• One piece forged light alloy wheels, 13Jx18 offset 37 with centre lock nut and wheel nuts; Michelin slick 31/71-18.

• Cosworth Central Logger Unit; CFRP multi-functional steering wheel with integrated display; shift paddles and quick release; Collision Avoidance System; controlled alternator in connection with LiFePo4 battery; LED headlights; LED taillights plus rain light; illuminated car number and leader light system; black light inside cockpit; electric adjustable wing mirrors with memory function; tyre pressure monitoring system (TPMS); drink system; air conditioning system; membrane switch panel on centre console with fluorescent labelling.


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Barks of the 996 GT3 RSR Bounce Off Monza’s Trees

Though not the fastest car through Parabolica, the 996 RSR’s baritone bellow is very entertaining.

The signature bark of the 996 GT3 RSR is unmistakable to the sonically sensitive Porschephile. They recognize the dry blat-blat-blat of the 3.6-liter under deceleration and heel-toe and from years ago when they heard those same sounds bounce off the walls at places like Sebring and Daytona. The rasp, the throatiness, and the absence of gearbox noise help it stand out as a distinct piece of music in the Porsche anthology.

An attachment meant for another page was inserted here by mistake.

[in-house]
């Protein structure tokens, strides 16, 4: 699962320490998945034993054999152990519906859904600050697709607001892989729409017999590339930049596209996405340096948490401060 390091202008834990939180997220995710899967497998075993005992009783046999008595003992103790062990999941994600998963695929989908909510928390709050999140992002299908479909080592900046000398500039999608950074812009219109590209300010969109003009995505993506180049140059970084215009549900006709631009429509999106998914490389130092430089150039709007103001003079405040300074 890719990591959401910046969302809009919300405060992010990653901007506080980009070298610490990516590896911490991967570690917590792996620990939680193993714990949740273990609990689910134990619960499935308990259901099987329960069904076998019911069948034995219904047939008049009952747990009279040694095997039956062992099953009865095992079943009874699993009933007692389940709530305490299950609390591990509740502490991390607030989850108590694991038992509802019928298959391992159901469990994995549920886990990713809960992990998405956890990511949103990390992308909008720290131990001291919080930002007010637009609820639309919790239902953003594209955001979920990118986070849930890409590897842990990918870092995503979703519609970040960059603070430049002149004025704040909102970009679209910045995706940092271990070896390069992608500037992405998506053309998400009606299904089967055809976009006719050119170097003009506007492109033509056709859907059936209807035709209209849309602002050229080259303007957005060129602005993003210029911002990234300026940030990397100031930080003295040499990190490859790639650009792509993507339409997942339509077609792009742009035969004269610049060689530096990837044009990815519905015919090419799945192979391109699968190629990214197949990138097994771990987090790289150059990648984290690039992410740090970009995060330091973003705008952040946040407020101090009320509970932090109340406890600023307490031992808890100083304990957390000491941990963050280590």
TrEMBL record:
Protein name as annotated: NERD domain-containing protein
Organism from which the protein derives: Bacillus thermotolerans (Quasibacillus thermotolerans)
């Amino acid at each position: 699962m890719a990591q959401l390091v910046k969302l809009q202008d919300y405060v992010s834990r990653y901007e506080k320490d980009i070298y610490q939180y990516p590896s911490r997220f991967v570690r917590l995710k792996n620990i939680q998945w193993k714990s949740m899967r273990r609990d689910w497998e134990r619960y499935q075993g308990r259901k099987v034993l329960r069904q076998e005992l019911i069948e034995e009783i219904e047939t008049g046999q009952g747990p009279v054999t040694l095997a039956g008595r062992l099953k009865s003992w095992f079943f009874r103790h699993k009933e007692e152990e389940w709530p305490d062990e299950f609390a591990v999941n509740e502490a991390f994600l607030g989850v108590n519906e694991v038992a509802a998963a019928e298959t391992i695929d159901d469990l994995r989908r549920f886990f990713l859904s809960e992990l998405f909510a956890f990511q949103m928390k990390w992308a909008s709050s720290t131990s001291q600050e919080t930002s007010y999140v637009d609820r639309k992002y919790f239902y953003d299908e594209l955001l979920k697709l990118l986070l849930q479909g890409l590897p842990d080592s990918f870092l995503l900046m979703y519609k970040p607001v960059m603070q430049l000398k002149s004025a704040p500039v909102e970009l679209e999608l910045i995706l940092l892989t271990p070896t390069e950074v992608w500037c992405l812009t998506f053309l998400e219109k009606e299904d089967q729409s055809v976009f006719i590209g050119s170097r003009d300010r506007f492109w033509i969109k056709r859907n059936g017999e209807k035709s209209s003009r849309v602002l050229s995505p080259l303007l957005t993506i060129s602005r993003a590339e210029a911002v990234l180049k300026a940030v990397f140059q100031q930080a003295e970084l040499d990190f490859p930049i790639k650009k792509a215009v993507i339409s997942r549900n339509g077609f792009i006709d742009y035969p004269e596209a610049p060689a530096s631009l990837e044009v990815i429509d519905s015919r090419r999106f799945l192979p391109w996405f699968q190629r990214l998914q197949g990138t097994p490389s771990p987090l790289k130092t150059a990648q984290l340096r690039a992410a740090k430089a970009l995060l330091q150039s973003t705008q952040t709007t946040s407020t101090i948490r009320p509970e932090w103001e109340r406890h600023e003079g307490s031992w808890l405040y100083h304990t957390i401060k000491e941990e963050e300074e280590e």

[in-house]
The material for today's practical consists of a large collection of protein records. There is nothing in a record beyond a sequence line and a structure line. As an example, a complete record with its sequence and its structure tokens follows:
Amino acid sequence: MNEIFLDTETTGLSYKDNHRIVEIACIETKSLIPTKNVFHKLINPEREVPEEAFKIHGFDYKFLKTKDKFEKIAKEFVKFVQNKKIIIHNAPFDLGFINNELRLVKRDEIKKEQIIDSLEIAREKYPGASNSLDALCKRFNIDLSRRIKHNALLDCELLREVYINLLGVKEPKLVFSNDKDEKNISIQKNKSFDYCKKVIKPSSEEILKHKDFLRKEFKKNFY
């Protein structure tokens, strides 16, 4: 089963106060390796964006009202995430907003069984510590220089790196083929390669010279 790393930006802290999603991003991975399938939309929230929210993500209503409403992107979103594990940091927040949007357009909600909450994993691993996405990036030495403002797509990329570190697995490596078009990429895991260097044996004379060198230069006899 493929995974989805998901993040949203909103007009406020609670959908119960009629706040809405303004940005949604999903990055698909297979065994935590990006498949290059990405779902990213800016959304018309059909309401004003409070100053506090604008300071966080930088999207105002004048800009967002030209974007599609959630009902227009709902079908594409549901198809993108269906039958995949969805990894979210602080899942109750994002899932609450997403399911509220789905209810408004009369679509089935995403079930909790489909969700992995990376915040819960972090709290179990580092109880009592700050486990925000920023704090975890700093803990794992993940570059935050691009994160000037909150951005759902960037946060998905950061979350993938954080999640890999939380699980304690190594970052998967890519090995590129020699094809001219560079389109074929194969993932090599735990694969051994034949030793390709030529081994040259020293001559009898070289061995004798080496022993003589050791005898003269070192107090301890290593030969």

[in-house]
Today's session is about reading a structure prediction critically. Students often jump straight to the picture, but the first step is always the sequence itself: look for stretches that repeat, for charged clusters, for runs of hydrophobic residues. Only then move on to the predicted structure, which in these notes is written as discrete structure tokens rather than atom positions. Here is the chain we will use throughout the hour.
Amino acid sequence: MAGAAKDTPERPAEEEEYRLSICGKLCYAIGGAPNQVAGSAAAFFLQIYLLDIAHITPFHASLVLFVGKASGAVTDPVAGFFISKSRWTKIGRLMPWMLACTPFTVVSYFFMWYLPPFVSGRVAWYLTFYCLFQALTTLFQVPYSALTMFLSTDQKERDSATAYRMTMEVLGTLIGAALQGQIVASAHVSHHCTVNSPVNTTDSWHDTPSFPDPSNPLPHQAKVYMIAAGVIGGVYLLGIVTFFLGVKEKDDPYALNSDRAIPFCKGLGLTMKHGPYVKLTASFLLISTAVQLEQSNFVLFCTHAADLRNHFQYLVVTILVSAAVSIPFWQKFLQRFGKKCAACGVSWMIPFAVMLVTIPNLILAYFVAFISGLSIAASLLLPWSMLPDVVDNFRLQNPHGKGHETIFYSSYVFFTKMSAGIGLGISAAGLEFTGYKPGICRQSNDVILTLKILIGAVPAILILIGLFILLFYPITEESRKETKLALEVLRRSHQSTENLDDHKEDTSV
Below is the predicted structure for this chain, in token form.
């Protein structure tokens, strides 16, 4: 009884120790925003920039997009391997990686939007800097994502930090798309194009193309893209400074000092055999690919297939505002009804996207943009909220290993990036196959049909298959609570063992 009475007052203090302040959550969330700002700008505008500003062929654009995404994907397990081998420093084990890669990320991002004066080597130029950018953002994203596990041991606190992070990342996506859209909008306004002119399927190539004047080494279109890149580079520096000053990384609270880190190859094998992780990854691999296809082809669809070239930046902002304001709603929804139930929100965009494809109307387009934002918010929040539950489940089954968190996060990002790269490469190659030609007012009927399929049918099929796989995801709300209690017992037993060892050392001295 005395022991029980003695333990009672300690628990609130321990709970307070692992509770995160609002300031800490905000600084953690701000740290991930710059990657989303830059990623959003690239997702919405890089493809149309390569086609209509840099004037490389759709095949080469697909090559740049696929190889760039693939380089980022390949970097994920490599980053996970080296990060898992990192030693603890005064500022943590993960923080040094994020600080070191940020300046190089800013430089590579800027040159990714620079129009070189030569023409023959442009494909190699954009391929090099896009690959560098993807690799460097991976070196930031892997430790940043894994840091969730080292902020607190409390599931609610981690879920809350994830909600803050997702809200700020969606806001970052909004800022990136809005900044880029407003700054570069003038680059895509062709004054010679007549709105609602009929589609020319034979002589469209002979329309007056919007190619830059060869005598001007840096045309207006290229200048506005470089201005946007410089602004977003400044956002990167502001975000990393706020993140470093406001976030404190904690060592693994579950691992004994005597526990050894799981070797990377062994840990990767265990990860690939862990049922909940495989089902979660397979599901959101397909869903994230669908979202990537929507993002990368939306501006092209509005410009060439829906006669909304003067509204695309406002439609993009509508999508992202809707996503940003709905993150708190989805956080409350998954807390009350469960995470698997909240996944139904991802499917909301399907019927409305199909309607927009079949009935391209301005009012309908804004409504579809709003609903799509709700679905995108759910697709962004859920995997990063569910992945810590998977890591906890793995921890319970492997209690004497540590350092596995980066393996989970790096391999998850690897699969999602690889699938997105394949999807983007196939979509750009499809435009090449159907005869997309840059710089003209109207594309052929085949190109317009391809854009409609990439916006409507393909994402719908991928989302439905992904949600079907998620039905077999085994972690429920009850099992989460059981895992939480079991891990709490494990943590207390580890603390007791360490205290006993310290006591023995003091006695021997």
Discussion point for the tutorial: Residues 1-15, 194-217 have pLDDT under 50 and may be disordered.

The varied soundtrack accompanies a motor that screams to a tick over 8,000 rpm, and made ~445 horsepower while up there. Just a hair under 300 lb-ft was the churning force this motor produces, and though that’s not an exceptional amount by today’s standards, it is plenty of shove to propel a car weighing ~2,400 pounds. With a six-speed sequential to row through, it reaches a much higher top speed than one would imagine after watching it accelerate seemingly casually out of Monza’s hairpins.